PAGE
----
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The California's 2019 wildfire season takes off

As California grappled with a record-breaking heatwave last week and 236 wildfires, officials are bracing for the worst, reported Maanvi Singh in the Guardian.

The fires have been mostly fueled by grass and brush that came up during the state's especially wet winter and mild spring, according to a CAL FIRE official. UC Cooperative Extension fire advisor Lenya Quinn-Davidson said California's annual wildfire season is growing longer – beginning earlier in the spring and stretching later in the fall.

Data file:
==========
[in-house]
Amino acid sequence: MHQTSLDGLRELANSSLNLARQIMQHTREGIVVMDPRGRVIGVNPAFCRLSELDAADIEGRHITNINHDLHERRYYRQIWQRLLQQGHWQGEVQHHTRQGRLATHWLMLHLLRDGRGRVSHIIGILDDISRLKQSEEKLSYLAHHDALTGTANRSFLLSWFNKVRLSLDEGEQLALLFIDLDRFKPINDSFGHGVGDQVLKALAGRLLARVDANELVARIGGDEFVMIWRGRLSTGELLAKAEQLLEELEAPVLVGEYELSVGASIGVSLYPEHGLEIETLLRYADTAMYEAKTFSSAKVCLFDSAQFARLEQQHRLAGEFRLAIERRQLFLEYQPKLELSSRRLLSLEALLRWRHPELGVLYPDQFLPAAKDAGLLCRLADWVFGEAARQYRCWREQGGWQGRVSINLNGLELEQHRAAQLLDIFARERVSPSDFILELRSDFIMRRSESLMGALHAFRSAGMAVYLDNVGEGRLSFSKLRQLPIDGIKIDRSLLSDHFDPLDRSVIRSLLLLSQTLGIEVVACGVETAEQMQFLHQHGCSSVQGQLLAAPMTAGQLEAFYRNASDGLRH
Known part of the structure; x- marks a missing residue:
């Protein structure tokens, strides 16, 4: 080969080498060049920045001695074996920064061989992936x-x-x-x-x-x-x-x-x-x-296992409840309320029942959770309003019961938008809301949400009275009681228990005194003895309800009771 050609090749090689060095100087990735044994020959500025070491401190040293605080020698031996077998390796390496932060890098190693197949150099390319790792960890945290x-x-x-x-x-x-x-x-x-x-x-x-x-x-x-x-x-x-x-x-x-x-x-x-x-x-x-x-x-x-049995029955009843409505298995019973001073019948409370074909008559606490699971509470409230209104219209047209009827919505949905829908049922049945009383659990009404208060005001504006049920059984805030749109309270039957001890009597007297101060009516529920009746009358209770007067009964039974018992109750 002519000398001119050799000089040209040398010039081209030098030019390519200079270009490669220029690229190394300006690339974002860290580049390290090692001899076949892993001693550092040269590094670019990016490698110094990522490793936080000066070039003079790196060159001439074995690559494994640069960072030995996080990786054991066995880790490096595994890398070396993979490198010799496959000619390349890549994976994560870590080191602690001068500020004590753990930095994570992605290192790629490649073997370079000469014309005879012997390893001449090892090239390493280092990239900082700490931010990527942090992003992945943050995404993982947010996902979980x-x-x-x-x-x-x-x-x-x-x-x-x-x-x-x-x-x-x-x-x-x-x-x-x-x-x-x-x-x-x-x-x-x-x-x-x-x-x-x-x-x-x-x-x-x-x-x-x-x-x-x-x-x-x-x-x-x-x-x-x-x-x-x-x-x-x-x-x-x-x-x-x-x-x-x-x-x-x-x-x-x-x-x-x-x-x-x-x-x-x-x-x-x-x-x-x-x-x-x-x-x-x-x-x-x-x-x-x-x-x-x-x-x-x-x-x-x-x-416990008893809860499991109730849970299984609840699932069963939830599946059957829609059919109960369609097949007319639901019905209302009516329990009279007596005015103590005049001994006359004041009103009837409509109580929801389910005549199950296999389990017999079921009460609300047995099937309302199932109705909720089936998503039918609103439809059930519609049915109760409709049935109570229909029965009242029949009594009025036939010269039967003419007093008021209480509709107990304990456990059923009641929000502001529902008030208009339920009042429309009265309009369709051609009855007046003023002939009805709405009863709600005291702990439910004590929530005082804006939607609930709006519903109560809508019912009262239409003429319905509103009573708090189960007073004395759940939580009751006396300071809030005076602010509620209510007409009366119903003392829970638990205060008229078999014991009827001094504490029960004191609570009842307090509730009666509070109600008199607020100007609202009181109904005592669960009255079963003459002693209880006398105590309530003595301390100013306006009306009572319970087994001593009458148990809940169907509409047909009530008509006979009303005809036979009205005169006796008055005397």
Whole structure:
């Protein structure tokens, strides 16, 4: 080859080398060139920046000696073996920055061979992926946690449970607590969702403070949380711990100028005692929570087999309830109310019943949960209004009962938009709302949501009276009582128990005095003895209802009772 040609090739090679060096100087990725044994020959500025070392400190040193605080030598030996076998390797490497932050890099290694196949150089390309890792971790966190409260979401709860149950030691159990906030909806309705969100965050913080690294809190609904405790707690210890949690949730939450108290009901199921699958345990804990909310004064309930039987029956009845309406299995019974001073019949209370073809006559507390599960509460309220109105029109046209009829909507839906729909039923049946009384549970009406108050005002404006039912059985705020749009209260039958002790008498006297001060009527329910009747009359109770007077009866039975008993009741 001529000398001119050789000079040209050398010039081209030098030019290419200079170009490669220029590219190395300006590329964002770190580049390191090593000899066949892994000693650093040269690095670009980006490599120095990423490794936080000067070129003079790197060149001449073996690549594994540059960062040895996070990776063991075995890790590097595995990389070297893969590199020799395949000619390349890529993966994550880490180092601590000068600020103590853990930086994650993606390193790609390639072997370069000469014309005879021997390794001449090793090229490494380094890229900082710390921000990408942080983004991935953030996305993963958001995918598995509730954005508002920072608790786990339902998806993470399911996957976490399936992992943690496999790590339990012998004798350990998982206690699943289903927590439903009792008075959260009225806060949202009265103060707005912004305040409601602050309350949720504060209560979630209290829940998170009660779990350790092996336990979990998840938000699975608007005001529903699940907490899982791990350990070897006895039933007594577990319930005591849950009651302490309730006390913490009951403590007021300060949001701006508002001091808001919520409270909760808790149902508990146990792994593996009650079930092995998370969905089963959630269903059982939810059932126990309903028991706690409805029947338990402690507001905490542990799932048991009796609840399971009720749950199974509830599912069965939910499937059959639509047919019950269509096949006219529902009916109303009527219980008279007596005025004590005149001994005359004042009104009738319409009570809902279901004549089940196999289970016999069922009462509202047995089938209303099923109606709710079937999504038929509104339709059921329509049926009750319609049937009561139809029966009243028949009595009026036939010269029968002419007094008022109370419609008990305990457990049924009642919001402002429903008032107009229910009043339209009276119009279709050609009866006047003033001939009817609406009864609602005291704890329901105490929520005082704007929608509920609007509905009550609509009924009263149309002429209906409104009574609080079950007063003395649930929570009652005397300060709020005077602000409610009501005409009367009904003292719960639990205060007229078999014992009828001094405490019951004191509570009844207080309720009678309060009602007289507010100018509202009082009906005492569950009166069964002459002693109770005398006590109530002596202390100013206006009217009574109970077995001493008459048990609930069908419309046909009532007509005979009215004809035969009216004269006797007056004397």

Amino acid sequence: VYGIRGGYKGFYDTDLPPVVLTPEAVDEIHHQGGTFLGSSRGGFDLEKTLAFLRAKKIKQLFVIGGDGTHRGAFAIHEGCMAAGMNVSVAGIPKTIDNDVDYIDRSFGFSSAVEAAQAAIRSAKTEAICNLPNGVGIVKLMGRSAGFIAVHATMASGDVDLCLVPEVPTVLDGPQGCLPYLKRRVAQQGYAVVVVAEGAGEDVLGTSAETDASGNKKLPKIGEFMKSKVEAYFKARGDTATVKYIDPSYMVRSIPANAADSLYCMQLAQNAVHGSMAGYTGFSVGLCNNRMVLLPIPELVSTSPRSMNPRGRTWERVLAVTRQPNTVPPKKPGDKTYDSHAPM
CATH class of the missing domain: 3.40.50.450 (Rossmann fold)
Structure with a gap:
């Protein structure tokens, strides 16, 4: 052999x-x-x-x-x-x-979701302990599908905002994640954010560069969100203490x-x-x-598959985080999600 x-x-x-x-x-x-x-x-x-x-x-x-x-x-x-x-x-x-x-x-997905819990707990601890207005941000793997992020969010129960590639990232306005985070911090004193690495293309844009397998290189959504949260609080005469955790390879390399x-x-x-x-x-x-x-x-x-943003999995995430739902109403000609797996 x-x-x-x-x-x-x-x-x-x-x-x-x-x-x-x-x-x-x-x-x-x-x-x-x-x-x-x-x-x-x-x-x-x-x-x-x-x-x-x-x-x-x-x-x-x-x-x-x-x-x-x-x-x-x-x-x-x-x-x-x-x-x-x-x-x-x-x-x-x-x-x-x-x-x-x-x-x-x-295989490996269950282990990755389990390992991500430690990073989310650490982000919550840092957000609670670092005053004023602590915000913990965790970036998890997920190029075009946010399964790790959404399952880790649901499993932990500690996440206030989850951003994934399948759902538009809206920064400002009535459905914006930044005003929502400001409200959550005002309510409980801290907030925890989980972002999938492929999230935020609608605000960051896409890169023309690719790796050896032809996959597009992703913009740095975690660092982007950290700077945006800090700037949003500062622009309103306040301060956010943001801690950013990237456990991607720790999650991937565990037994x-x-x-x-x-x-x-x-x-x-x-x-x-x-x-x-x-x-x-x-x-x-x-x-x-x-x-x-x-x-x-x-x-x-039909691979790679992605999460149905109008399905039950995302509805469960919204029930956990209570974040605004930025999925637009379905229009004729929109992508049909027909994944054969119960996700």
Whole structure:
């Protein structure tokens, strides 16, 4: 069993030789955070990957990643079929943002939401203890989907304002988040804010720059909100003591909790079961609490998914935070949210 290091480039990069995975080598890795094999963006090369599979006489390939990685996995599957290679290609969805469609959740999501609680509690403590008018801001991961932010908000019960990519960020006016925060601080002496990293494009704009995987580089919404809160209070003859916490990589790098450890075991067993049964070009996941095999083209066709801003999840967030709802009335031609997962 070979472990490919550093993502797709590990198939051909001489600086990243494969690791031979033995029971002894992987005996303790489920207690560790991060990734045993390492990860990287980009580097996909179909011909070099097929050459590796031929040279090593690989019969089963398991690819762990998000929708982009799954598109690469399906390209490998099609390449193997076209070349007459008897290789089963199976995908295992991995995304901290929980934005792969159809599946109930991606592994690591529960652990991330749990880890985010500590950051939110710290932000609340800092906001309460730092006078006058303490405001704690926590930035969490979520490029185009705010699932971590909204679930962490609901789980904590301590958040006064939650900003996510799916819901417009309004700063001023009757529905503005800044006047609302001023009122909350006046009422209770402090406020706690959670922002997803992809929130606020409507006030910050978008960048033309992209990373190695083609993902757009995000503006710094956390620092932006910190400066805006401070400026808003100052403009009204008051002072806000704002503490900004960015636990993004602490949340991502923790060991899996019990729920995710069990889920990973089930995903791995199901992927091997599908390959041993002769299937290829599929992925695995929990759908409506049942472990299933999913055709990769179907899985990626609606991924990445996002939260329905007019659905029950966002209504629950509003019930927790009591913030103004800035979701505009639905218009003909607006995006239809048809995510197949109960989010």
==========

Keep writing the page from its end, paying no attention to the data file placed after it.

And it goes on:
“It's not unusual for us to see this many small fires in June,” she said. “But 50 years ago, so many fires this early on – plus these extreme, high temperatures in June – would have been abnormal.”

It is difficult to predict how bad the rest of this fire season will be based on the number of fires so far, said UCLA climate scientist Daniel Swain.

"Our worst fire years aren't necessarily the years that we've had the highest number of fires,” he noted. “All it takes is one – one huge, destructive fire to ruin the whole year."

Lenya Quinn-Davidson, center, is the UC Cooperative Extension fire scientist serving Humboldt, Siskiyou, Trinity and Mendocino counties. She is pictured with Jeanne Pincha-Tulley, left, and Kelly Martin, right, at a Women-in-Fire Prescribed Fire Training Exchange session.
Posted on Monday, June 17, 2019 at 9:36 AM

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